An extraordinary row has erupted over Hollywood actor Tom Hanks as politicians point fingers over who allowed the star to enter Australia.
The controversy was sparked when the A-list star entered Queensland from the US on Tuesday night and was granted an exemption from the state’s strict border rules.
Queensland’s Deputy Premier Steven Miles has accused Home Affairs Minister Peter Dutton of ‘lying’ about letting Hanks into the country, news.com.au reported.
An extraordinary row has erupted after Hollywood actor Tom Hanks (pictured left with wife Rita Wilson right) was granted a special exemption to enter Queensland on Tuesday
Federal Home Affairs Minister Peter Dutton (pictured) lashed out at the Queensland government for allowing celebrities to enter the state but keeping ordinary families apart
Hanks touched down in the Gold Coast alongside cast, crew and 11 family members to continue filming an Elvis Presley biopic directed by Baz Luhrmann.
The actor, who caught coronavirus while filming the movie in March, is completing his mandatory quarantine at a resort in Broadbeach rather than a state facility.
Mr Dutton attacked the Queensland government on Friday over the star’s exemption.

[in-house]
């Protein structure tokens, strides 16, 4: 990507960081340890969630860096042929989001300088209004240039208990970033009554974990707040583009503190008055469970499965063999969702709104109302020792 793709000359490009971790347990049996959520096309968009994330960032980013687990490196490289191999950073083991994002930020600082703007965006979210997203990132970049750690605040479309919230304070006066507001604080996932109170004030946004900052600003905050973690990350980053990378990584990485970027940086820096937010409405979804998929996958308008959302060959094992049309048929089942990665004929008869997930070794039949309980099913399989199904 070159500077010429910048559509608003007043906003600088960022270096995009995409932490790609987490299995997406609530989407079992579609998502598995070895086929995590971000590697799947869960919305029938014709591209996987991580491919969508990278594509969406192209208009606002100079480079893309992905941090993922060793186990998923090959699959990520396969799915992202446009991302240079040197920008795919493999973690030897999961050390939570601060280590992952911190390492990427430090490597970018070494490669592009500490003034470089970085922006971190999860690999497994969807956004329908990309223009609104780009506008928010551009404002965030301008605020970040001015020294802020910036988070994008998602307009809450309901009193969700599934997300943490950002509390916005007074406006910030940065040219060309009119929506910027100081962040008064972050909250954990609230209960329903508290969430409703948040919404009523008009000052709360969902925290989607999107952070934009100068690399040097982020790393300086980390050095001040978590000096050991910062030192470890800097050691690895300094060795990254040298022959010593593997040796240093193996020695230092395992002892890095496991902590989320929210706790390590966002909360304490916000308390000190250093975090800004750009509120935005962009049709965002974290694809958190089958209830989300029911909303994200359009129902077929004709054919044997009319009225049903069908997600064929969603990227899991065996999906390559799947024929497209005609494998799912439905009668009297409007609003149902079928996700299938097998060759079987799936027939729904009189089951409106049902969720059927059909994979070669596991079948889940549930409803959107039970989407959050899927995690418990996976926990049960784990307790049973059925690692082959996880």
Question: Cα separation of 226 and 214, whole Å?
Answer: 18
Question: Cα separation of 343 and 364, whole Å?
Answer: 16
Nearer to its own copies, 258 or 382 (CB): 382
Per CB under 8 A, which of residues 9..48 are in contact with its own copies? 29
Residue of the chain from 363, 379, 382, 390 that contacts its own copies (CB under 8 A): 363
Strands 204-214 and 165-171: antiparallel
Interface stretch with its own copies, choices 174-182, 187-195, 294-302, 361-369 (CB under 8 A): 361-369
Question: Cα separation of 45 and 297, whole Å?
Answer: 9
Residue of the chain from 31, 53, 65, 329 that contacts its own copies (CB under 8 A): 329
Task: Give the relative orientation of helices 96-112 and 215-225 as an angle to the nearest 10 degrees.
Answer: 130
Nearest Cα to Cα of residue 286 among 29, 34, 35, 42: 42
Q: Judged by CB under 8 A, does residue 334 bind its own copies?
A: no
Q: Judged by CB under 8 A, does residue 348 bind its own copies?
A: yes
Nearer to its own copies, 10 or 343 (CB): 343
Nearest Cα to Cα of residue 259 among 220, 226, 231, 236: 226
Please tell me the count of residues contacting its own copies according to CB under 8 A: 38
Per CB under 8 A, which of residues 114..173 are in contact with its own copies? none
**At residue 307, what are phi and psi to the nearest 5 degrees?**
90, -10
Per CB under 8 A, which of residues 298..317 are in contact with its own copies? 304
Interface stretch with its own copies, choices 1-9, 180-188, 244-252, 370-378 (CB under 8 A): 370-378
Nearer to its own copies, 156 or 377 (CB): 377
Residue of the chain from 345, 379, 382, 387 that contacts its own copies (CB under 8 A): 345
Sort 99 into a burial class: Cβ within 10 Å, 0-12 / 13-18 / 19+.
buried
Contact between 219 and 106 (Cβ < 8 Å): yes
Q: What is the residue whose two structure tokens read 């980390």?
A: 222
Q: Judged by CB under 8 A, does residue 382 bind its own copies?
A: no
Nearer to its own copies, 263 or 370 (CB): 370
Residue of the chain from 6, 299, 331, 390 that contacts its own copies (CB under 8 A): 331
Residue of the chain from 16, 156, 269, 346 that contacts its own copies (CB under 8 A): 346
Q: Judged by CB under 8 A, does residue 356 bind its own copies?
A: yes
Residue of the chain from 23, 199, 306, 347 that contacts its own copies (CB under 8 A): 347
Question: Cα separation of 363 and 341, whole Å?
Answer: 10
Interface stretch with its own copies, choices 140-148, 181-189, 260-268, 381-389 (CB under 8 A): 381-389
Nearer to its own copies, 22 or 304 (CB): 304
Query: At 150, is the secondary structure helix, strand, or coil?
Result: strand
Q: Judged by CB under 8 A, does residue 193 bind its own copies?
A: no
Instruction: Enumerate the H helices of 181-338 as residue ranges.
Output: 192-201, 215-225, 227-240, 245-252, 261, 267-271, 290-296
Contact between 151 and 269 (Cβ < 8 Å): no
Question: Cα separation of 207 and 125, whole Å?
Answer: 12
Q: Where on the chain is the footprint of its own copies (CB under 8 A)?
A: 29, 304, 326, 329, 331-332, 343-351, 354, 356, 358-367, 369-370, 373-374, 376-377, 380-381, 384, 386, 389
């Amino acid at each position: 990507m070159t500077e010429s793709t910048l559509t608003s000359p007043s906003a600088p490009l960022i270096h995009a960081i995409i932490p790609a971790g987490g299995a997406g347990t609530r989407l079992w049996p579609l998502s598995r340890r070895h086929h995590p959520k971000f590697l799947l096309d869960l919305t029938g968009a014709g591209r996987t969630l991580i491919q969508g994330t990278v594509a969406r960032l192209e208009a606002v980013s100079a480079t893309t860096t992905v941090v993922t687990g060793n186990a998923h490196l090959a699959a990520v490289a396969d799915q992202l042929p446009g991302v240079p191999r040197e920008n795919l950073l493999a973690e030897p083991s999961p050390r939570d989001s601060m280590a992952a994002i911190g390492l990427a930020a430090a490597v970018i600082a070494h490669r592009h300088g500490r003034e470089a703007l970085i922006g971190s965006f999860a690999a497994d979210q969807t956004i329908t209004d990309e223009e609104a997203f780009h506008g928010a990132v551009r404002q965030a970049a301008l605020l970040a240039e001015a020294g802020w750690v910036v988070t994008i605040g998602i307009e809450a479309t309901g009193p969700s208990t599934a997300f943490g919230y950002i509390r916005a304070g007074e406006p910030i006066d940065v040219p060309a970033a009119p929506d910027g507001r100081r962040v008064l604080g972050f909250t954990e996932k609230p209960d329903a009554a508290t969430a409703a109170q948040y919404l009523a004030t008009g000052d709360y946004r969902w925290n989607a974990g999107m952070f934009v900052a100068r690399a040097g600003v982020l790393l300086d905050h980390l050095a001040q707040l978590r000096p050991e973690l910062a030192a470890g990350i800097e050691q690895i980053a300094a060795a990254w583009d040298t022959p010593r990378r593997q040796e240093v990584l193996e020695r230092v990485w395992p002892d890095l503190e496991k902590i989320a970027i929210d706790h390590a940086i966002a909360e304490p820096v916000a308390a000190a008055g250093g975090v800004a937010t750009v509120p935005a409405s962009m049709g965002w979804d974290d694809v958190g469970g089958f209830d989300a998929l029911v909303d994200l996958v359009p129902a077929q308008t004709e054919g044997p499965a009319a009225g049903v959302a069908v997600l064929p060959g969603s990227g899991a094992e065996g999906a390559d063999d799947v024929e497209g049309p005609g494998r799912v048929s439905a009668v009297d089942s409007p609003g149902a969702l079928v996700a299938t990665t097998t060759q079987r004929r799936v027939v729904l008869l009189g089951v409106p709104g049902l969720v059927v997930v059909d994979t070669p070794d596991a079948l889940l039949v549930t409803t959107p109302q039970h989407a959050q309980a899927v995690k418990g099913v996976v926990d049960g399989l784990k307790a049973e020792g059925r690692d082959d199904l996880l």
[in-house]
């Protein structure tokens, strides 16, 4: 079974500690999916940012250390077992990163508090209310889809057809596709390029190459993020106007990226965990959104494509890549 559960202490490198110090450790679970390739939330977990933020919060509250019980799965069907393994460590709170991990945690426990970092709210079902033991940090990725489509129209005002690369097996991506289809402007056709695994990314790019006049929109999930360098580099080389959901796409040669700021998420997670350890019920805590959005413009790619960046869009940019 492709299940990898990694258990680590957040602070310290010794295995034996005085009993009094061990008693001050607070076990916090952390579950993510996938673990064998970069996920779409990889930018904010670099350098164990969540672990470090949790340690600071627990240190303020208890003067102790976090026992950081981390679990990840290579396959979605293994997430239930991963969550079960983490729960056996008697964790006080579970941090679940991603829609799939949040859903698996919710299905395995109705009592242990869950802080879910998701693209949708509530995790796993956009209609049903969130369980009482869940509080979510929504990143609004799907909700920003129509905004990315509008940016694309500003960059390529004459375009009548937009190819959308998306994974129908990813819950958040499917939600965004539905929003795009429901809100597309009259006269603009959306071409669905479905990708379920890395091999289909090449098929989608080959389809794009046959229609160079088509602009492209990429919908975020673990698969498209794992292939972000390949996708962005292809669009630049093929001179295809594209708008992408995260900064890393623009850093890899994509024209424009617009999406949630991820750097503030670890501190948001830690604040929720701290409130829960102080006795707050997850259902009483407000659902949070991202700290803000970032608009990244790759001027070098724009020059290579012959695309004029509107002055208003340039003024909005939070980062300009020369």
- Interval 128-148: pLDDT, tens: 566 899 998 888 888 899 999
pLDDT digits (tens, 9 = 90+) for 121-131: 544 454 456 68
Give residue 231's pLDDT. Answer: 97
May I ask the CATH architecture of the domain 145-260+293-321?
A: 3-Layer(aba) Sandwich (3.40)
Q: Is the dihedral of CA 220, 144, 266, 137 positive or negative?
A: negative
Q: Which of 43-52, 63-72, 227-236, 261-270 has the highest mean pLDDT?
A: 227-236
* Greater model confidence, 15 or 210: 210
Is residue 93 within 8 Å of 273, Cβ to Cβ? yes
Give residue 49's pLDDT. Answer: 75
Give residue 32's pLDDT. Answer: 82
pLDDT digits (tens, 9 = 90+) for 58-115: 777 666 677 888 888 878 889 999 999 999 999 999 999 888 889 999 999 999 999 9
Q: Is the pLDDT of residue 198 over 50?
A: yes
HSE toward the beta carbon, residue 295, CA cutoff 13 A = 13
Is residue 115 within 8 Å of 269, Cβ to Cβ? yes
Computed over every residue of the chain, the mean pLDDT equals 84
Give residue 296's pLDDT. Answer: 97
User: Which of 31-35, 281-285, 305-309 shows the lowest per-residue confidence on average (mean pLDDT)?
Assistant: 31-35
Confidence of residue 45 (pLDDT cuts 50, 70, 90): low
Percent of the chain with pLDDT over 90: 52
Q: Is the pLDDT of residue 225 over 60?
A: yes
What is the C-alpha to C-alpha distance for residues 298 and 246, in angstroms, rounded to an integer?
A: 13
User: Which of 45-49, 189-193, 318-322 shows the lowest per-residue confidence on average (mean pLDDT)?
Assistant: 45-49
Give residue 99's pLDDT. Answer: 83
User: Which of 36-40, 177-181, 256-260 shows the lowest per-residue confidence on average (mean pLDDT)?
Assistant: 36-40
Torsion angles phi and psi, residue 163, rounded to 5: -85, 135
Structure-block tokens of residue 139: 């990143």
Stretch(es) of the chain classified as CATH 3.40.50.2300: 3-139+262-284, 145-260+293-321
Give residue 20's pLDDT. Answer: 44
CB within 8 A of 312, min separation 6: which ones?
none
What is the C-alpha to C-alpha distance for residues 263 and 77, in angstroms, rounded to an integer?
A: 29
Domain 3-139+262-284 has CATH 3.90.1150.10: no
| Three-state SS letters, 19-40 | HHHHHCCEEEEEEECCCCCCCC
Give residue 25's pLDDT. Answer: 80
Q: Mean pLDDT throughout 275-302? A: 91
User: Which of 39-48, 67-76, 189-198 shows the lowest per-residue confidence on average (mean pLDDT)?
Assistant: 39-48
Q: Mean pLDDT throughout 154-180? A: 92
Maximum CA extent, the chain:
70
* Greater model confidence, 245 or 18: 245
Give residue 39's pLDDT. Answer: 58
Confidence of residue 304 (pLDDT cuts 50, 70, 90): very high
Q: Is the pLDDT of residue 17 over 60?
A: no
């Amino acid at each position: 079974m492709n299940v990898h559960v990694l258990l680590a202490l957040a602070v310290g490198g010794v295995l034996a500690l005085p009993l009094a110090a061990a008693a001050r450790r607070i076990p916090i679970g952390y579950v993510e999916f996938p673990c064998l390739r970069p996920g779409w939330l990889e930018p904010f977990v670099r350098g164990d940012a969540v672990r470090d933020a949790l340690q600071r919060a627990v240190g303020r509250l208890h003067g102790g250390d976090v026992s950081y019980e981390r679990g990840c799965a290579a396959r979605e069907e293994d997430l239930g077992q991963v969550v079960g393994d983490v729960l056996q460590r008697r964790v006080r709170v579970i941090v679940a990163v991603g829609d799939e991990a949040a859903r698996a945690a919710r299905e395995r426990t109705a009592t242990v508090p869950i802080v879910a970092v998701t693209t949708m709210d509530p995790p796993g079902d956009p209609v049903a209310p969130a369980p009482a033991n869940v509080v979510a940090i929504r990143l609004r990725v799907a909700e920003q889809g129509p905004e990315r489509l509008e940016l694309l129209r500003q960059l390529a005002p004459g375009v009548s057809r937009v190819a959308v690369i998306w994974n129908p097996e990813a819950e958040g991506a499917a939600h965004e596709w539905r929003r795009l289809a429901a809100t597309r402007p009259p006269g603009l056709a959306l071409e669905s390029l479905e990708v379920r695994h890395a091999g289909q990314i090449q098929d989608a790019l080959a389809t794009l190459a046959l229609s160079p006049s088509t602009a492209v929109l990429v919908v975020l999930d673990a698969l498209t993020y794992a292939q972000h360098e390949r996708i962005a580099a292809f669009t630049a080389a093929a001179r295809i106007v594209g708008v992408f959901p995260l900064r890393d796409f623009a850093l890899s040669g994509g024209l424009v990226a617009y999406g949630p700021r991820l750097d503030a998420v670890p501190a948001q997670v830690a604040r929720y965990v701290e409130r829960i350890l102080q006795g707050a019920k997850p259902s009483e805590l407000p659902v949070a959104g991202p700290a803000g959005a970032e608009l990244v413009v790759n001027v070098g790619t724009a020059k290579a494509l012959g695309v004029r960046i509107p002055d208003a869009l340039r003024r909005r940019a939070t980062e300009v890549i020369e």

‘If you are Tom Hanks from California, you are okay. If you are Tom Hanks from Chermside or Castle Hill, sorry, you are not coming in,’ he said.
Mr Miles hit back at the Home Affairs Minister on Saturday, saying the Australian Border Force would have granted him permission.
‘And what that means is that when Peter Dutton launched that extraordinary attack during the week, he was lying.
‘He was saying that it was us that let Tom Hanks in, when in fact it was him and his own department that let Tom Hanks in,’ Mr Miles claimed.
Deputy Premier Steven Miles (pictured) said Mr Dutton was ‘lying’ and it was his department and the Australian Border Force who granted Hanks permission to enter the state
Hanks will portray Elvis’s manager, Colonel Tom Parker, in the blockbuster movie scheduled for release in 2021.
Queensland’s borders are closed to Victoria, New South Wales and the ACT.